While all eyes will be on Apple's (AAPL)Tuesday evening earnings report, we'll be looking forward to an old consumer discretionary/industrial report on Wednesday morning, when Ford Motor (F) reports its second quarter, 2012 financial results before the bell.
Ford issued a warning about Europe's profitability on June 28th, just as the quarter was coming to an end, saying that Ford's operating loss in Europe would be 3(x) that seen in the first quarter, or almost $570 million, amounting to $0.14 - $0.15 per share.
The current second quarter consensus earnings per share estimate is $0.28 per share, down from $0.35 when the first quarter earnings were released. So, despite the warning, analyst consensus has only been reduced $0.07 per share, which gives some idea of how strong the U.S. remains.
The second quarter consensus revenue estimate has been reduced $1 billion since the first quarter results, from $33.72 billion to $32.172 billion, and downward pressure continues on 2012 and 2013 consensus revenue estimates.
Ford has been gaining market share in the U.S. and according to SAAR auto sales, released monthly by the industry, the U.S. auto industry sales remain well below their long-term trend, which should be closer to 16 million per year. The average car on the road is now 6 years old, so there should be significant pent-up demand for auto's once the consumer starts to buy cars again.
However, the biggest positive to Ford (in our opinion) is that the stock is just too cheap, given the company's cash-flow, balance sheet and margin improvement.
Since F breaks out Automotive from Financial Services, Ford's Auto group generated $8 billion in 4-quarter trailing cash-flow as of the first quarter, leaving Ford trading at 5(x) price to cash-flow for just the Automotive division. Also, North American pre-tax auto margins hit 11.47% for Ford in Q1 '12, a record (I believe) and better than the late 1990s 8% high-water mark.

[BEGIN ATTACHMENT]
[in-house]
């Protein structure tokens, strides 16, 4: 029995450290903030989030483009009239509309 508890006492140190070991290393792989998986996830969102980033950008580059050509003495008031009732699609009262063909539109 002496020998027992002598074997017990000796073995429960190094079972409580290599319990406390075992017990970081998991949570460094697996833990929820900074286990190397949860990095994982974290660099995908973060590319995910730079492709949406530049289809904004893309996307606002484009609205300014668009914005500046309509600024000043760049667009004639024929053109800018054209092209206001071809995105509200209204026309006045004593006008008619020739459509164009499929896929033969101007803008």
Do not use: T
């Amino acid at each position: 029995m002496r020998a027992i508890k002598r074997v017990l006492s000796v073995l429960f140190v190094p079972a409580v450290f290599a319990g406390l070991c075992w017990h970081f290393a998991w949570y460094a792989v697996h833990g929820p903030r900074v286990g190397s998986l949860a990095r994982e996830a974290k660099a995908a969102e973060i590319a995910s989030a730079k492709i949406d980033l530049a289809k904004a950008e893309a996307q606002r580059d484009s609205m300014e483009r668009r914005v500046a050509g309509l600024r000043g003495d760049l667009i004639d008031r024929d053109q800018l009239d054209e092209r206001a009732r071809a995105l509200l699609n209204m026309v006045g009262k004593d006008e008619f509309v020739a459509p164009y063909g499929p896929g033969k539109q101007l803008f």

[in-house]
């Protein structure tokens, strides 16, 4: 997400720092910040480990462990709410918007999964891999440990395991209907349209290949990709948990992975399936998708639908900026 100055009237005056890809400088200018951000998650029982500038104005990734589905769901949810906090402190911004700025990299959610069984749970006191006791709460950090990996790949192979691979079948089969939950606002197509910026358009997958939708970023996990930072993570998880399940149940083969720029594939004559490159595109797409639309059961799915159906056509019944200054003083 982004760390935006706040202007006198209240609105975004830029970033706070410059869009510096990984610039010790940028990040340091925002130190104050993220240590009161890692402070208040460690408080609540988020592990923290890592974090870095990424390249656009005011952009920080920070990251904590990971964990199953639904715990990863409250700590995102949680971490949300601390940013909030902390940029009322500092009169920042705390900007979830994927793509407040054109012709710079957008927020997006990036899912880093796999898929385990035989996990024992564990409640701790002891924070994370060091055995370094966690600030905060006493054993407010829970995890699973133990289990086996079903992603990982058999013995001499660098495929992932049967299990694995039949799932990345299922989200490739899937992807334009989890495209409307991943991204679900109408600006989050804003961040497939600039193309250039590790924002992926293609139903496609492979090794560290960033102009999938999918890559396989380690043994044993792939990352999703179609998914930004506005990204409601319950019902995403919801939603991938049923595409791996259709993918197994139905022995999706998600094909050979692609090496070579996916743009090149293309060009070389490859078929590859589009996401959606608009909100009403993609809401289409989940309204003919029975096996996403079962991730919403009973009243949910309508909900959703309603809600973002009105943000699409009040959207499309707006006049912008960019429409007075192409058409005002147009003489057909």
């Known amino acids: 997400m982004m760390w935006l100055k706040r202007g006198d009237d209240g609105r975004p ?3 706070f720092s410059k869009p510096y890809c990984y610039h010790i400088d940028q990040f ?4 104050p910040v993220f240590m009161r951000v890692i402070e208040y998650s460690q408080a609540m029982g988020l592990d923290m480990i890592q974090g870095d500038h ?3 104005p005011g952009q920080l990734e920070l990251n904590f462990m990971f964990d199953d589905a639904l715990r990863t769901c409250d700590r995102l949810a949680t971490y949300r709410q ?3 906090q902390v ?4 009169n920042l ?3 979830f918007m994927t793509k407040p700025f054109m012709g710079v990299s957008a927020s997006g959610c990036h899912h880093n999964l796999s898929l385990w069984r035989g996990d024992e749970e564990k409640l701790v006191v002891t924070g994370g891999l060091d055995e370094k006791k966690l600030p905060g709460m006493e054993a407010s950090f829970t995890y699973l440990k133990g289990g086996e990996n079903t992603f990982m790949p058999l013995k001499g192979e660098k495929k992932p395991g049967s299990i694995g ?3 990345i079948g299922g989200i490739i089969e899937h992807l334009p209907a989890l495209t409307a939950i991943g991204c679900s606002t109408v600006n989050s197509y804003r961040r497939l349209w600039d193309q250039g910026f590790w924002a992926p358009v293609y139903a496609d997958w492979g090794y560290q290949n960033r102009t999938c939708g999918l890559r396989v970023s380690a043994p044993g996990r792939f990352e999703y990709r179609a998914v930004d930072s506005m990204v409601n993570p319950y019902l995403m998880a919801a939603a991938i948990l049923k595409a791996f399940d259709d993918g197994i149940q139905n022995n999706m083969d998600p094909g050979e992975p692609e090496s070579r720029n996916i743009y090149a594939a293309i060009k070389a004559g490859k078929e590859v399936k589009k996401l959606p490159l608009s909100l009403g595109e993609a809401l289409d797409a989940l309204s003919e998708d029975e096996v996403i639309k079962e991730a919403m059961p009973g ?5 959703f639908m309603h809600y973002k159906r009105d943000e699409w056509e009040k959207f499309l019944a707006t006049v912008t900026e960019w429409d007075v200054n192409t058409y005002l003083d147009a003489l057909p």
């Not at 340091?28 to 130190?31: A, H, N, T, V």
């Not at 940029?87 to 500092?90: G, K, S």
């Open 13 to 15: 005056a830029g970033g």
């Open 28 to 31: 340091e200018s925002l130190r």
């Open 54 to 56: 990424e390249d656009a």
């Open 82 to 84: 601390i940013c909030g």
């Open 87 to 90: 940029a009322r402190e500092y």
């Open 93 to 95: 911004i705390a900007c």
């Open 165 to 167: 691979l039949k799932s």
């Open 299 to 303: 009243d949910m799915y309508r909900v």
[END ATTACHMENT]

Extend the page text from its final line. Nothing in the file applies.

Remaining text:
As perhaps a better demonstration of Ford's balance sheet improvement, Ford's senior debt credit rating was recently raised to investment grade for the first time in years, and the stock now pays a dividend.
But, Ford's 2012 consensus EPS estimate continues to be under pressure, even though F is still trading at 7(x) reduced earnings:
Q2 '12 $1.32 (pre-release)
Q1 '12 $1.49
Q4 '11 $1.49
Q3 '11 $1.62
q2 '11 $1.75
The 7(x) multiple is consistent with F's traditionally trading at a 50% discount to the S&P 500 multiple, which as of Friday, July 20th, stood at 12.5(x) forward estimates.
Technically, the weekly chart shows the stock below its 200-week moving average (which we don't like to see), but above its 52-week low of $9.05. If Ford takes out $9 per share on volume anytime this week, the stock is likely broken, and it is tough to say where it ends up.
With earnings Wednesday morning:
Watch the North American results, particularly pre-tax automotive margins, and cash-flow, and listen for North America's positives offsetting non-U.S. negatives;
Watch and see if the stock stays above $9.
Ford and Ford's management team are doing a lot of things right. They can't control Europe and the non-U.S. economies, and it is making life tough on the company.
Most analysts we follow have a $13 - $17 price target on Ford, while Morningstar has a $23 intrinsic value. The stock is undervalued, but for good macroeconomic reasons.
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Disclosure: I am long F.